New House Bill Aims to Separate Hemp Cannabinoids From Grain and Fiber

New House Bill Aims to Separate Hemp Cannabinoids From Grain and Fiber

Why does my CBD pain-relief formula have CBG in it? Reading New House Bill Aims to Separate Hemp Cannabinoids From Grain and Fiber 4 minutes Next Hemp Seeds for Sleep? Three Reasons That's a Yes.

Lawmakers hope to relieve the regulatory red tape associated with hemp for industrial grain and fiber product growers.

For farmers cultivating hemp to provide industrial grain and fiber to manufacturers, the cumbersome and largely unnecessary regulation gauntlet they must endure may end soon. According to numerous media outlets, lawmakers from the U.S. House of Representatives have introduced a bipartisan measure that would separate grain and fiber outputs from flower-based items like CBD and other cannabinoids.

Since the passage of the Farm Bill in 2018, hemp and its derivative products have become legal to cultivate, manufacture and sell in the United States. With that change in legal status, hemp has also come under the regulatory scrutiny of federal agencies like the U.S. Food and Drug Administration (FDA). That regulation and monitoring process includes all hemp plant parts, including industrial items like grain and fiber.

The new bill, HR 3755, co-sponsored by Reps. Matt Rosendale, a Republican from Montana, and Chrissy Houlahan, a Pennsylvania Democrat, is a companion piece of legislation to a similar measure introduced in the Senate earlier this year. Its primary aim is to extricate grain and fiber outputs from the same level of regulatory inspection as the better-known flower-derived products.

The legislation would also eliminate background checks for hemp fiber and grain growers, end mandatory sampling and testing of crops and require only a single annual inspection. Furthermore, under the proposed new rules, growers whose crops fail the inspection must produce documentation demonstrating "a clear intent and in-field practices consistent with the designation" of industrial hemp.

If unable to provide the necessary certification, their output could be subject to additional testing by regulators, according to the bill's language. Likewise, if crops do not meet the definition of hemp, producers could receive a five-year ban. Finally, the bill would prevent states and tribal governments from placing stricter requirements on industrial hemp growers than those detailed in the measure.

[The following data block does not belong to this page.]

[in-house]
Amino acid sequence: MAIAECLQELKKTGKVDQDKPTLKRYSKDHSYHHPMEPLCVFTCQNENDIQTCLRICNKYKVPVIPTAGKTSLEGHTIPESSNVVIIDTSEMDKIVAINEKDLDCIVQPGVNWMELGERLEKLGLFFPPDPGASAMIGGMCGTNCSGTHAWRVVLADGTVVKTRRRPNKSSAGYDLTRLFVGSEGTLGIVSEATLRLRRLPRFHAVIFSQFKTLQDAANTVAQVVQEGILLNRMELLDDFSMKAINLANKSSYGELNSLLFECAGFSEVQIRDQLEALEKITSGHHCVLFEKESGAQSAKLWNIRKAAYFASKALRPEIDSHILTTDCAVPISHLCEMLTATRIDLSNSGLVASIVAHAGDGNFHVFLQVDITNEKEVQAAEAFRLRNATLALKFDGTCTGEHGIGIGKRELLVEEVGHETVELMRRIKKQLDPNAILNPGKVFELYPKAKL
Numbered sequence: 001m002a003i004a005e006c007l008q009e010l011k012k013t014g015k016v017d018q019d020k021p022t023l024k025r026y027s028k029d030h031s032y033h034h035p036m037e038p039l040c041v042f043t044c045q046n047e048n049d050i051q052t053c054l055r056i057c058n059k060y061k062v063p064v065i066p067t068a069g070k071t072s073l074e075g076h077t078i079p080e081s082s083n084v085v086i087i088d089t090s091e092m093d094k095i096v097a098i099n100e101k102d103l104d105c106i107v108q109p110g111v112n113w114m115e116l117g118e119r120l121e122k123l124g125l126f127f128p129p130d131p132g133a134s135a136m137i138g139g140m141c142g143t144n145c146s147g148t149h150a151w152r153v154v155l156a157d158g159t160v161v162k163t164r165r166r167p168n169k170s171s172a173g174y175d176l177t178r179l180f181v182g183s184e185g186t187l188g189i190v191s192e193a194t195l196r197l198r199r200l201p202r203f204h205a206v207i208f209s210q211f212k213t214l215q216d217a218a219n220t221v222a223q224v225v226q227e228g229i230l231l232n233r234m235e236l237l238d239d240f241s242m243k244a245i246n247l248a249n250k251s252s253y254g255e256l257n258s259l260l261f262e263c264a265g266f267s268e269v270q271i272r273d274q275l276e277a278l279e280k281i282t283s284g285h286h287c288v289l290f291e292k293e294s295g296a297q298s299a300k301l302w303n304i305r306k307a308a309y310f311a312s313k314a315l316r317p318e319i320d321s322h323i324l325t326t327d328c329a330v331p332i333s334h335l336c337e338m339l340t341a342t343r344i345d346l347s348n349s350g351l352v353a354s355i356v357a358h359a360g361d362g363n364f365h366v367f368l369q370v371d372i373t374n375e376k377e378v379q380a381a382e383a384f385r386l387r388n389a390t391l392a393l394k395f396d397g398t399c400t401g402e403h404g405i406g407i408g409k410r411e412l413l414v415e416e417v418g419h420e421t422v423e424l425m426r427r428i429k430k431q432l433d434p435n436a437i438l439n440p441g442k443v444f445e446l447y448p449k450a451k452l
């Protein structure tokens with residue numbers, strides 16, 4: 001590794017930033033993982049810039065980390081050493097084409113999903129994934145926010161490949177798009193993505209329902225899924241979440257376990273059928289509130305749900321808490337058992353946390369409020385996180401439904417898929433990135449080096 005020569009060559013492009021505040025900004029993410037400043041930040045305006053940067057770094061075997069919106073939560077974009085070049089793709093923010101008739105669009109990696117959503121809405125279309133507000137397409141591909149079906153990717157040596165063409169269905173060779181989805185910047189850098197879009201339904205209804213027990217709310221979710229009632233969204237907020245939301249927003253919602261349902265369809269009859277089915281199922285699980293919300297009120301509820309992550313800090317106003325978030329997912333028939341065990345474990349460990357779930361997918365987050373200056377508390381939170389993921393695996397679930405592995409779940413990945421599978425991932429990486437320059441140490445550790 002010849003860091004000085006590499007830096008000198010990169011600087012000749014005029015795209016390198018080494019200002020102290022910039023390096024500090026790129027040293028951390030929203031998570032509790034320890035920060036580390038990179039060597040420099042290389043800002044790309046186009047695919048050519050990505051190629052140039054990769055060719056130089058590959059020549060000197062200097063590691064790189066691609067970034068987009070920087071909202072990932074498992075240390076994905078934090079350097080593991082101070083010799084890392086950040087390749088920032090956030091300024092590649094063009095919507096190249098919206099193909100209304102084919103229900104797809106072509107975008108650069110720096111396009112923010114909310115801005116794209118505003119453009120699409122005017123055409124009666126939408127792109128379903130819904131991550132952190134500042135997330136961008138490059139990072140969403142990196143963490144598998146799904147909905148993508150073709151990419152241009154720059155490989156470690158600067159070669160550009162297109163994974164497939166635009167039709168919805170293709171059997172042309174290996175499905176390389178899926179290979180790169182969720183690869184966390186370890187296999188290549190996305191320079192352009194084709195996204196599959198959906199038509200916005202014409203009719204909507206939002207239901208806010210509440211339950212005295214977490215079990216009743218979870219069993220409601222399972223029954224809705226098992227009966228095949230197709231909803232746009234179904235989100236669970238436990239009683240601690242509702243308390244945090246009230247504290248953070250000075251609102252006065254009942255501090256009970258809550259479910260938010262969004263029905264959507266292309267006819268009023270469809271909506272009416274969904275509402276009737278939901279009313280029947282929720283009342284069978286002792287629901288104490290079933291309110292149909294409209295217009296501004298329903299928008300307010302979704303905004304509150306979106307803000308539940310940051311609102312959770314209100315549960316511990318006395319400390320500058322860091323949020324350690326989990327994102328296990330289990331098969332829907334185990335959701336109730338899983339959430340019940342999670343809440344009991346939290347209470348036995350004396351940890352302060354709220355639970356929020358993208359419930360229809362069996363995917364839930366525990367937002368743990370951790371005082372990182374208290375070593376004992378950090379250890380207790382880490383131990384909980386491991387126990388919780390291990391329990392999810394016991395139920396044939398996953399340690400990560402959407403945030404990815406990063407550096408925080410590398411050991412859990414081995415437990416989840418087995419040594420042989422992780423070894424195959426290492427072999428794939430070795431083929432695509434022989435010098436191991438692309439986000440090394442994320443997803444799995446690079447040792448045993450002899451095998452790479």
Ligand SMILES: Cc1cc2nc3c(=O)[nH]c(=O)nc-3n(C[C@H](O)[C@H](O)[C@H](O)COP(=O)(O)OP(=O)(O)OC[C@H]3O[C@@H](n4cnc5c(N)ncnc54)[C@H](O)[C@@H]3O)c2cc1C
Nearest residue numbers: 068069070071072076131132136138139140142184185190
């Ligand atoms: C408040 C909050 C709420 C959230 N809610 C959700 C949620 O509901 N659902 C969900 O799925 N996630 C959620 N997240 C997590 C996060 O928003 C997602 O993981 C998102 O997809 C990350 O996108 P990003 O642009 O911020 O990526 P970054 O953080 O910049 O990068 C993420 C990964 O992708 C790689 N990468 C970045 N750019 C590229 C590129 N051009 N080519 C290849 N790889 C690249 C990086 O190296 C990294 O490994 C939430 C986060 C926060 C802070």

Both the House and Senate versions of the bill would keep CBD and all other hemp-derived cannabinoids under the regulatory jurisdiction of the FDA, which is still waiting on Congress to pass legislation to establish the legality of products containing those variants, allowing the agency to set rules on monitoring safety and compliance.

Much of the root cause for the need to pass legislation like HR 3755 and others stemmed from Congress' need for a better vision and foresight when it removed hemp from the Controlled Substances List as part of the 2018 Farm Bill. Unfortunately, that single line from an almost $800 billion mega omnibus spending bill has led to numerous legal and political hot potatoes ranging from the CBD quandary to the delta-8 THC fallout, along with a litany of other health and safety issues related to the complex mix of agriculture, chemistry, entrepreneurial creativity and governmental oversight.

For many sector observers and stakeholders, the best way to address the issues plaguing the young and burgeoning hemp industry is via the 2023 Farm Bill, which is currently under debate for its eventual passage later this year. The hope is that the lessons learned over the past five years may provide lawmakers with a better pathway forward in creating a more comprehensive and detailed infrastructure for addressing the needs and expectations of growers, manufacturers, retailers, regulators and, most importantly, the end consumer.

In the meantime, stop-gap solutions like HR 3755 will hopefully provide relief for the industrial grower and an impetus for lawmakers to finish the job they began in 2018.